Pickleball is quickly becoming one of the most popular recreational sports in the U.S. It combines tennis, badminton, and ping pong, and it is great exercise without being so high-impact. That said, injuries can occur, so all players must take care of their bodies and know how to find relief after those hard matches and that’s where PRO Massage comes into your life.
In recent years, the treatment of fascia has exploded in popularity. The idea is that the fascia, or myofascial tissue, contributes to pain and cellulite when it’s tight.
For this reason, fascia manipulation, a technique that aims to loosen the fascia through physical manipulation and pressure, has become a trending topic in the health and wellness realm.
One widely popular method is fascia blasting. This technique uses a tool that’s designed to loosen the fascia, which is supposed to reduce pain and cellulite.
While some people report that fascia blasting has many benefits, others are less enthusiastic about its effects.
A hairline kneecap fracture is a simple crack in the bone (the patella is still in one piece). Hairline fractures are also known as stress fractures and are rare in the kneecap. They can occur in athletes, such as marathon runners, and may be due to overuse. A stress fracture of the patella may be difficult to see on an X-ray. The main symptom is a pain in the front of the knee that gets worse over time.
Playing sport is essential as it provides many health benefits. However, sometimes, you may face an injury while playing your favorite sport. While some of these injuries are common, some can be very severe with career-threatening risks.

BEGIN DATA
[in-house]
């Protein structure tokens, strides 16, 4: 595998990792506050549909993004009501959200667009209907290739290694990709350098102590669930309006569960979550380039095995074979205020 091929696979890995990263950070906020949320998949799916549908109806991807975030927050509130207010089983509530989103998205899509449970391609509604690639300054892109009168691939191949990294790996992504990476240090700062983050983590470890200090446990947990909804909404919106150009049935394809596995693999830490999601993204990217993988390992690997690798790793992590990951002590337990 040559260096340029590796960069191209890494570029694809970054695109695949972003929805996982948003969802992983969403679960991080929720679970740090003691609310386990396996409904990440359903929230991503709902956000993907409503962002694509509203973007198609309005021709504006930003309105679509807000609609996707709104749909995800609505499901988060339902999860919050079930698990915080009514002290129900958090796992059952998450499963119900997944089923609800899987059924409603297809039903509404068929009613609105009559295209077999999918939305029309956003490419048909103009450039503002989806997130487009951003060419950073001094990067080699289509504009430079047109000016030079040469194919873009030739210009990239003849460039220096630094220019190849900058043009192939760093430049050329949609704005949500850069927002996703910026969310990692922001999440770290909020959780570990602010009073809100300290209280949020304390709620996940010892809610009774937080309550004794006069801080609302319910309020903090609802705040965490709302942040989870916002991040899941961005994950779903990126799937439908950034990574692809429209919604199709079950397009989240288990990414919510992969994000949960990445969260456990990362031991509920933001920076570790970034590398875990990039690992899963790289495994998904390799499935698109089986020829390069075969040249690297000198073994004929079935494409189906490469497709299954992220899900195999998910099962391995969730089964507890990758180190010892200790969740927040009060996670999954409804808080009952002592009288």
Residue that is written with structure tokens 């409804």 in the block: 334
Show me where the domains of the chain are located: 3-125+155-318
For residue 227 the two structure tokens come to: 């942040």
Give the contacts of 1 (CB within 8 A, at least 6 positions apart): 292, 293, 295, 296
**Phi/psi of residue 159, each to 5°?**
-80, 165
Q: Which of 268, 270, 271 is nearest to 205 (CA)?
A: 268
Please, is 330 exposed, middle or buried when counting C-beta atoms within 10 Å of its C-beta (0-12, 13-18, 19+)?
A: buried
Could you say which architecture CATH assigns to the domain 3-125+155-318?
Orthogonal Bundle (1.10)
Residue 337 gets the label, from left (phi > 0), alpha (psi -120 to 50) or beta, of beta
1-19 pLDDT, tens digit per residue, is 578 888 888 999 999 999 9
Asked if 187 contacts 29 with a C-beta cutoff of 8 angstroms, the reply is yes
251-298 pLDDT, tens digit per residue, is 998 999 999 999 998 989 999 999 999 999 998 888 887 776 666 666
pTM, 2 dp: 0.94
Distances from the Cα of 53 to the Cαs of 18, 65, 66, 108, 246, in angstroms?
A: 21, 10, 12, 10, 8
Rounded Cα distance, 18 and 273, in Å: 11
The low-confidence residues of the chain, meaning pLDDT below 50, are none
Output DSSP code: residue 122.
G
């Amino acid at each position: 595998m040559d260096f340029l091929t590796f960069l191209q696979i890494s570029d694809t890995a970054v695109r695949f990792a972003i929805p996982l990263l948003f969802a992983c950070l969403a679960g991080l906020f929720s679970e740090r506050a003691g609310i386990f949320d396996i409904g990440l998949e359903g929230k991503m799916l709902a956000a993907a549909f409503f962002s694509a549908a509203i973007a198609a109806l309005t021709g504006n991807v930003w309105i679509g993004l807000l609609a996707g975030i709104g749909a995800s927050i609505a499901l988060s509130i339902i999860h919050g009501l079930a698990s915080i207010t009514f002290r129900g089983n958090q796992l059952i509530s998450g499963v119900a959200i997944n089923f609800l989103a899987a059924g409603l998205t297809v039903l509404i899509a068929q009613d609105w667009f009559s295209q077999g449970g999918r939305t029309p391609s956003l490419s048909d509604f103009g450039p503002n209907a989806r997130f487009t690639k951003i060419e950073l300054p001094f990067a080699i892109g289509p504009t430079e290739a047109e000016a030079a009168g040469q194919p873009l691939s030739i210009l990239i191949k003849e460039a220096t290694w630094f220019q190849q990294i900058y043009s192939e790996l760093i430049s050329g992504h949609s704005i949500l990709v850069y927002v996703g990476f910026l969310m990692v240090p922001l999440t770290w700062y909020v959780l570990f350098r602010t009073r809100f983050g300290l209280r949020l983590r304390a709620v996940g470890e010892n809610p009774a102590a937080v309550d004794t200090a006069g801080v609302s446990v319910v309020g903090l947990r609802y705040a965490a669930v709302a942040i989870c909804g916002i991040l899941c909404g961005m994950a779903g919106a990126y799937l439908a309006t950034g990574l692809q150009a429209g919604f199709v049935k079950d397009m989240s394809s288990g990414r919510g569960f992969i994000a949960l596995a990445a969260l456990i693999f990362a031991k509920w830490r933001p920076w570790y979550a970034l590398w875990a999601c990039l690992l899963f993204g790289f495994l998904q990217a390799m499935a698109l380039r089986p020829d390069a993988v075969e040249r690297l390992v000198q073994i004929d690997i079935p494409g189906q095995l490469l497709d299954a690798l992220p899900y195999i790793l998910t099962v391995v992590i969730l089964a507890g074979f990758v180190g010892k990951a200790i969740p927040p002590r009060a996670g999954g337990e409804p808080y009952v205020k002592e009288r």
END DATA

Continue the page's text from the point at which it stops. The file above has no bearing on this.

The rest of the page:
The causes of sports injuries vary. They can occur due to accidents, improper use of the technique, damaged equipment, etc. An injury can also happen if your muscles are stressed and you start playing without stretching your muscles a bit.
Insertional Achilles tendinitis involves the lower portion of the heel, where the tendon attaches (inserts) to the heel bone. In both non insertional and insertional Achilles tendinitis, damaged tendon fibers may also calcify (harden). Bone spurs (extra bone growth) often form with insertional Achilles tendinitis. Insertional Achilles Tendinitis is pain and inflammation at the insertion of the Achilles Tendon on the heel bone. It is often associated with swelling, redness, and calcium buildup (small bump) located at the back of the heel (see picture). Pressure at the back of the heel tends to be sensitive and painful. In the clinic, some of my clients often report that certain tight shoes might cause more pain in this area from the pressure and have to sometimes resort to open back shoes.